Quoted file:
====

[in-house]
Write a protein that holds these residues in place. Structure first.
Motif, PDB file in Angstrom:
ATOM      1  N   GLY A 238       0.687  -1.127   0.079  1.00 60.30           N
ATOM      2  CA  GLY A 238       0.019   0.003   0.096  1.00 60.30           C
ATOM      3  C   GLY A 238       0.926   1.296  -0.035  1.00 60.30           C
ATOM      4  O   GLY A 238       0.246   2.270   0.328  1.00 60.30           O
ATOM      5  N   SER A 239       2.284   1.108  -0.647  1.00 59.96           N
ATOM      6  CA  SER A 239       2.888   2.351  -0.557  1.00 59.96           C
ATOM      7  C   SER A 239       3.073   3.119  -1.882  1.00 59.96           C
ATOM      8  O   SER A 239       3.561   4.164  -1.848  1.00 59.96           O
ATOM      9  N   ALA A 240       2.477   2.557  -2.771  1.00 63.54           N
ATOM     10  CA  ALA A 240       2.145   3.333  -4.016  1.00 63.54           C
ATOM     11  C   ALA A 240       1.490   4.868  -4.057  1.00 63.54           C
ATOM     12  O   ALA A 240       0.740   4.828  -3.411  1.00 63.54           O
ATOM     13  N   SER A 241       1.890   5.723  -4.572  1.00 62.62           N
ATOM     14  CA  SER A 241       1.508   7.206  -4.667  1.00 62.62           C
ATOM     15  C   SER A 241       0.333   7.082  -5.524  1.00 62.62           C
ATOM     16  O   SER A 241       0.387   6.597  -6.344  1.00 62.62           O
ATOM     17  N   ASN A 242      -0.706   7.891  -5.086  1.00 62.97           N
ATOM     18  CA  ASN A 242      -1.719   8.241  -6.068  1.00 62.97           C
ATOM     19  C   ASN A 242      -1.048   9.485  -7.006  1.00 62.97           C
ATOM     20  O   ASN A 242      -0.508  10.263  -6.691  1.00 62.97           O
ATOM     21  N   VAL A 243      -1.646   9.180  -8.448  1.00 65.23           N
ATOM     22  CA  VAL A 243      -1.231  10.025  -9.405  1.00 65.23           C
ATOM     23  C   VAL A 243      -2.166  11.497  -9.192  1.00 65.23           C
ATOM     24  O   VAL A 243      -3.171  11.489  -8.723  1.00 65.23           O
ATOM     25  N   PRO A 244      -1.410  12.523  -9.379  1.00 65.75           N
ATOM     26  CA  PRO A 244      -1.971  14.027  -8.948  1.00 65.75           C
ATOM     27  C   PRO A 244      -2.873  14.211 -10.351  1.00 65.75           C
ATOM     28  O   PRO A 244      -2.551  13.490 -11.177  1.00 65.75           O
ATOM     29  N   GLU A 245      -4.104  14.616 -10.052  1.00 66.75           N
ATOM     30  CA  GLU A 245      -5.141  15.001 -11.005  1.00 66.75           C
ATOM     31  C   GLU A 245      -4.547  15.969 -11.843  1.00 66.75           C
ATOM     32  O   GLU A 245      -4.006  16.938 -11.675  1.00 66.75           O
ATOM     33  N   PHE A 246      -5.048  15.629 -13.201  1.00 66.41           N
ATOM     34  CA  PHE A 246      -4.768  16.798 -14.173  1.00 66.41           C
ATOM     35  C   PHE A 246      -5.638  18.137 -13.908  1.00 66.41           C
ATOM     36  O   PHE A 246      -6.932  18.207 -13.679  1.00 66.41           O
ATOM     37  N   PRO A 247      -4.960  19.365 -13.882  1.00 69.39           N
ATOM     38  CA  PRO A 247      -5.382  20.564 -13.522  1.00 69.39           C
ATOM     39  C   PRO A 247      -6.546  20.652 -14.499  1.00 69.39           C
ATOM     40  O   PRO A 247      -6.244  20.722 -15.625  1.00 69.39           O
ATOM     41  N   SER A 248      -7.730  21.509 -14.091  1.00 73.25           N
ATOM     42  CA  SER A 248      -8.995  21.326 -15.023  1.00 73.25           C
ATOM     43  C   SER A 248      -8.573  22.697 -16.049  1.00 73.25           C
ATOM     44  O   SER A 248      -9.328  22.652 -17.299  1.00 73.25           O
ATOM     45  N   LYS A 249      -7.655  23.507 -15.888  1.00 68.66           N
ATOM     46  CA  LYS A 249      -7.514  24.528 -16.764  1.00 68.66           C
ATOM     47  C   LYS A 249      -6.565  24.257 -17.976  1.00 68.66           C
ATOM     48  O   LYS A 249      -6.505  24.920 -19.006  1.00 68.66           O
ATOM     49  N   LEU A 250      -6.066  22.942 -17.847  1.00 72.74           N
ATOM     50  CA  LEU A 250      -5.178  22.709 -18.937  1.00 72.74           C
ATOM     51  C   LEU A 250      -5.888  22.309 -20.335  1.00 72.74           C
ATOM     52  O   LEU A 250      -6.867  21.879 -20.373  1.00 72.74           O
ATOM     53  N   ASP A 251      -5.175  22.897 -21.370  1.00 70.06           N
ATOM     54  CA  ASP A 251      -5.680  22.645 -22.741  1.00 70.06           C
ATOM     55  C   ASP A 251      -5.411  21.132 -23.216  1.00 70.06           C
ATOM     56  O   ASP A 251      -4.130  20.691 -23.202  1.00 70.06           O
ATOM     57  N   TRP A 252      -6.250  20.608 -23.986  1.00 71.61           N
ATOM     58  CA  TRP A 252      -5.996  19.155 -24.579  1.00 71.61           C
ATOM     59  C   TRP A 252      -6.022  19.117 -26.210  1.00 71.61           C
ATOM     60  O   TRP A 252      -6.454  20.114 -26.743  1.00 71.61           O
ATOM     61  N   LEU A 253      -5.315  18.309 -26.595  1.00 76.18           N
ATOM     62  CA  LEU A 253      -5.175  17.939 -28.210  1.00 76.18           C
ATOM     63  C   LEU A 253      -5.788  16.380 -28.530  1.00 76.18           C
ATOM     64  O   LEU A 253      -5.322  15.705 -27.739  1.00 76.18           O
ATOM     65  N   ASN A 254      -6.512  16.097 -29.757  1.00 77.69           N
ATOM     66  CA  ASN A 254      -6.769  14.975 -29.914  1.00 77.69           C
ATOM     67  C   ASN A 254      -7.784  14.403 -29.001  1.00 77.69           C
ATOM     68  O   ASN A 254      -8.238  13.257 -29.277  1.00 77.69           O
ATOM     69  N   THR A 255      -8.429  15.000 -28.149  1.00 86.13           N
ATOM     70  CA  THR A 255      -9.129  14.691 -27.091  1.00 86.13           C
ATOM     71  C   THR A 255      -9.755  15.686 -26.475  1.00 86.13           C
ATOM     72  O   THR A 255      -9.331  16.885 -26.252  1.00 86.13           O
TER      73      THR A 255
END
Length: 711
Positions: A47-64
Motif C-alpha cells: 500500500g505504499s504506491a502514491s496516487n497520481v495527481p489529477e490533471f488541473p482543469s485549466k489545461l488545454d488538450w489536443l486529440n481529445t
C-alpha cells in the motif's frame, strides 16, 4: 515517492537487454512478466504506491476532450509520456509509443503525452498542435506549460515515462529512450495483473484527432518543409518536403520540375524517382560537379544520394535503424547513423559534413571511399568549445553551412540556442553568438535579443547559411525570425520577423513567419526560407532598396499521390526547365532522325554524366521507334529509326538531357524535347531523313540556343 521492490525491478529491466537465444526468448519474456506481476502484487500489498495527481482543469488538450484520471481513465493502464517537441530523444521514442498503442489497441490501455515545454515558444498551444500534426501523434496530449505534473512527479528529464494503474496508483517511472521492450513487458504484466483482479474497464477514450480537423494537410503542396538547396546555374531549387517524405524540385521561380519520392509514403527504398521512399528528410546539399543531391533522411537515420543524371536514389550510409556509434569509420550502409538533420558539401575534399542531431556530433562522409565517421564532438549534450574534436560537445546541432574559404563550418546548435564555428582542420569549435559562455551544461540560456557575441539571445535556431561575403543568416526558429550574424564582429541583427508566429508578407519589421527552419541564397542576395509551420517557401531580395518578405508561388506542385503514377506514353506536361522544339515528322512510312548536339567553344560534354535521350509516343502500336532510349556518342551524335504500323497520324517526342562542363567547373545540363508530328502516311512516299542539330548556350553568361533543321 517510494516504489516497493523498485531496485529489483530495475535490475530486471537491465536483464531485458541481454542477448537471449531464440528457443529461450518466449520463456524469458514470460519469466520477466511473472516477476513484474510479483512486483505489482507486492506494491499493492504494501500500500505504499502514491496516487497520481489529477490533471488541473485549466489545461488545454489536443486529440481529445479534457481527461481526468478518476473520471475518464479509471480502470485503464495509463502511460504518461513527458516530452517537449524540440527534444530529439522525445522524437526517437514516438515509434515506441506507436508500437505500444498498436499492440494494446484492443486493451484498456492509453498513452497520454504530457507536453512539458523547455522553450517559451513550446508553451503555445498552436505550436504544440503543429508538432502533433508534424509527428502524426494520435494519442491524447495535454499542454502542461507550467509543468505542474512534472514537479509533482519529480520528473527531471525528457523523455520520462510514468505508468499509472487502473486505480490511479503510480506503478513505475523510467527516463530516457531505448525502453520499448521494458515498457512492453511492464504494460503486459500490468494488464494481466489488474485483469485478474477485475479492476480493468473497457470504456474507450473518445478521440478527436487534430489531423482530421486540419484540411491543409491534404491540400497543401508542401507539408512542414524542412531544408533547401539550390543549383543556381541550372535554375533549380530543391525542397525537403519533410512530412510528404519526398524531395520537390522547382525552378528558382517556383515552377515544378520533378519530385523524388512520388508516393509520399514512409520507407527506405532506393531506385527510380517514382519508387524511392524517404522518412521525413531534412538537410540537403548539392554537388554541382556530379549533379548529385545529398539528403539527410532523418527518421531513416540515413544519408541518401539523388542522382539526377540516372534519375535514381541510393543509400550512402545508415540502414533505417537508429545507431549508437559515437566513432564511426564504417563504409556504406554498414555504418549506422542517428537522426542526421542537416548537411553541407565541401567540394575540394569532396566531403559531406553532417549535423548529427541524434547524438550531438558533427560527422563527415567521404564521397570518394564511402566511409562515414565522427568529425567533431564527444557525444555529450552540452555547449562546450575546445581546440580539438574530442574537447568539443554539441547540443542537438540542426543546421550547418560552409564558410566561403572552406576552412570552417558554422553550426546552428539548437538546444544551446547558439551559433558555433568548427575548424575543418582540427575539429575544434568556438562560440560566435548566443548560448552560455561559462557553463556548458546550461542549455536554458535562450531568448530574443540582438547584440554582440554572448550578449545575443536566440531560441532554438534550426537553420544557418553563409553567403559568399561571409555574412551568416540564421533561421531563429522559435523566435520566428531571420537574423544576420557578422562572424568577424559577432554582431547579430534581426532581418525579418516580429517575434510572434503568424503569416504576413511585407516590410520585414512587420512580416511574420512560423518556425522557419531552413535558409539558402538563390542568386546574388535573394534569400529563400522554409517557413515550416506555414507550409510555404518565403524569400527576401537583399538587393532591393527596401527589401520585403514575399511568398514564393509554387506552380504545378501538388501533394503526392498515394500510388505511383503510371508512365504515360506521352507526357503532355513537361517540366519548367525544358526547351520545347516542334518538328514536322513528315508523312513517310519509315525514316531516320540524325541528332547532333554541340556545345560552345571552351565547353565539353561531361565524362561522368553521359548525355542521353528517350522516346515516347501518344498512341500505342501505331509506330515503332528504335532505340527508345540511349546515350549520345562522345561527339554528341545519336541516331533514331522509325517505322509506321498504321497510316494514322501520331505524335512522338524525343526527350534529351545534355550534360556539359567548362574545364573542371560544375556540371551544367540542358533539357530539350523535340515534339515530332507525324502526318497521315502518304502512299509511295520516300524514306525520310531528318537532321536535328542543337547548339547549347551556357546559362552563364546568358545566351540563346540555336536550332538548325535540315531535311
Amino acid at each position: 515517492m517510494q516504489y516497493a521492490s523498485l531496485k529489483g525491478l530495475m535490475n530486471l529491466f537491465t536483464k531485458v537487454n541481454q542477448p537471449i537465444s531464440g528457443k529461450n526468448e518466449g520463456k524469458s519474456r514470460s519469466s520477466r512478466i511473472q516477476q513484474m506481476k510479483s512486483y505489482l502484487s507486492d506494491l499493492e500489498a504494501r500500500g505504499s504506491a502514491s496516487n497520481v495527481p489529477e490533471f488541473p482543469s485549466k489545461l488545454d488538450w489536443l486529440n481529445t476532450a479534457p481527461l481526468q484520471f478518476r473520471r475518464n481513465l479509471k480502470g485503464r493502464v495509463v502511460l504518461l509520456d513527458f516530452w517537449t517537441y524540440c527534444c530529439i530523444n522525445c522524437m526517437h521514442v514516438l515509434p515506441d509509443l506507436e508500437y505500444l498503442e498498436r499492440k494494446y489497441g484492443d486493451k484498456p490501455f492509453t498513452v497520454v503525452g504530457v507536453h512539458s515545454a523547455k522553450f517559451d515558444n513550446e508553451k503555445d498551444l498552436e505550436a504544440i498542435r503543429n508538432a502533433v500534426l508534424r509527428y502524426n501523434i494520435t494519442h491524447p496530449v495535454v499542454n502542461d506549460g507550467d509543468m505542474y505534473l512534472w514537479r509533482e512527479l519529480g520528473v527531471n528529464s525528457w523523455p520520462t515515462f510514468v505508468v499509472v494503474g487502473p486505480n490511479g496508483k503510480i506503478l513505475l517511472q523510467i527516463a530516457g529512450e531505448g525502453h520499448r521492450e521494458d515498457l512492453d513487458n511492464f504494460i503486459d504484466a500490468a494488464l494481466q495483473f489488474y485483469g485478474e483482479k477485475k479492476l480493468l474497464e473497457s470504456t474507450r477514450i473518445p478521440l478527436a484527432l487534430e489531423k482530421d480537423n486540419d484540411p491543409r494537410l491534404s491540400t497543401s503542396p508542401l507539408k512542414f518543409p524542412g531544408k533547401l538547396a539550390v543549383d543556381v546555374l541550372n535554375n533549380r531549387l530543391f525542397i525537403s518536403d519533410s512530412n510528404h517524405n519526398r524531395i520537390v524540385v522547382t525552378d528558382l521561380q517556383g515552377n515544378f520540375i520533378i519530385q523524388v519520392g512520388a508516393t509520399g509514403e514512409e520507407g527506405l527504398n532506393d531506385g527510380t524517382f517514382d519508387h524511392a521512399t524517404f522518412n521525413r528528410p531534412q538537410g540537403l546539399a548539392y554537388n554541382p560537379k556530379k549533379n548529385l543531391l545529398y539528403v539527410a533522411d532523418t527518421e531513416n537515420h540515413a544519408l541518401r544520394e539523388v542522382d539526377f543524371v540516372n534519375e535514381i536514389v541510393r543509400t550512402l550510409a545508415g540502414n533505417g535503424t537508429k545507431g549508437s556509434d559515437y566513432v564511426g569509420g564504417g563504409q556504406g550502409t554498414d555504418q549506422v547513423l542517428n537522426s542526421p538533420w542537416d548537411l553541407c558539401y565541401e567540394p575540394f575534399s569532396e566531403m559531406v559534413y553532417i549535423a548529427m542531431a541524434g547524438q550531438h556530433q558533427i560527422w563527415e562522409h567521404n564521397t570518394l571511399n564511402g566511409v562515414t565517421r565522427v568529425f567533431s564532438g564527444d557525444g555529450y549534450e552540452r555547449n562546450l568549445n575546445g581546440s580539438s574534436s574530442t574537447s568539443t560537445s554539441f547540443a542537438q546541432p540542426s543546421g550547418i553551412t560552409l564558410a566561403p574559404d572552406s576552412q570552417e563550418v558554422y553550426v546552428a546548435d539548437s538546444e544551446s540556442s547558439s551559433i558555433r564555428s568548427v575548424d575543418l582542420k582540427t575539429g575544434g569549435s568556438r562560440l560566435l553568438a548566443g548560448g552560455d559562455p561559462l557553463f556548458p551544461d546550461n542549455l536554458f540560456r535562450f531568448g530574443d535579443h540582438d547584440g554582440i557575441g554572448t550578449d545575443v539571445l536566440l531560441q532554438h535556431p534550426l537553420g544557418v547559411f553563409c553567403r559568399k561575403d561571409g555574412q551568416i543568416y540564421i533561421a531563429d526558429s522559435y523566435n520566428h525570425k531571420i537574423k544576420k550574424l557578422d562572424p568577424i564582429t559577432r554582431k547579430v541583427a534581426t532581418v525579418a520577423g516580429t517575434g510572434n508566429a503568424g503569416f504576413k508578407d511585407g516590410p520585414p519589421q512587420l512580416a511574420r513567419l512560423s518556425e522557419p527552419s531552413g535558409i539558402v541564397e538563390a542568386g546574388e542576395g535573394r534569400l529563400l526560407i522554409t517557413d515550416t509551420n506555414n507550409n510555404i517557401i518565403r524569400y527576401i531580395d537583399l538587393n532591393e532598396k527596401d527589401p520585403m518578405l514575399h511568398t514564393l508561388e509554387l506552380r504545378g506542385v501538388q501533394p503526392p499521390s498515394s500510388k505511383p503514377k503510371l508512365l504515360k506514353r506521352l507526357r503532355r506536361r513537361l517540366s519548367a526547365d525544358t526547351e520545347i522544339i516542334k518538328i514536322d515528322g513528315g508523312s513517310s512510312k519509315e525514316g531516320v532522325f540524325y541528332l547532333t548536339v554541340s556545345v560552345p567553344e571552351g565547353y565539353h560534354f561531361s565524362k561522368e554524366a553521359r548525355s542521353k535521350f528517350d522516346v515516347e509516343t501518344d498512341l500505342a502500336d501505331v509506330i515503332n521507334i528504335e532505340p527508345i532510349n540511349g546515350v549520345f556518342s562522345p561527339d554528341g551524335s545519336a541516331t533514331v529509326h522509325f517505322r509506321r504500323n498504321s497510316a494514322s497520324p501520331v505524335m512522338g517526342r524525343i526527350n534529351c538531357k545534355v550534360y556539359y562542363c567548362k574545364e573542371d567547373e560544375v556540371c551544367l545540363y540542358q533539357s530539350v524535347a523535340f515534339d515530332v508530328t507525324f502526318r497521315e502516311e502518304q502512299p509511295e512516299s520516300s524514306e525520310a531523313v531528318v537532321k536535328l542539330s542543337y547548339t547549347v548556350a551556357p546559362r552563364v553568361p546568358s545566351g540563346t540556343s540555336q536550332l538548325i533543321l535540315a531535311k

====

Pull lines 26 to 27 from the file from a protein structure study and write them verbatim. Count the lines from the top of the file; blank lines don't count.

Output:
ATOM     23  C   VAL A 243      -2.166  11.497  -9.192  1.00 65.23           C
ATOM     24  O   VAL A 243      -3.171  11.489  -8.723  1.00 65.23           O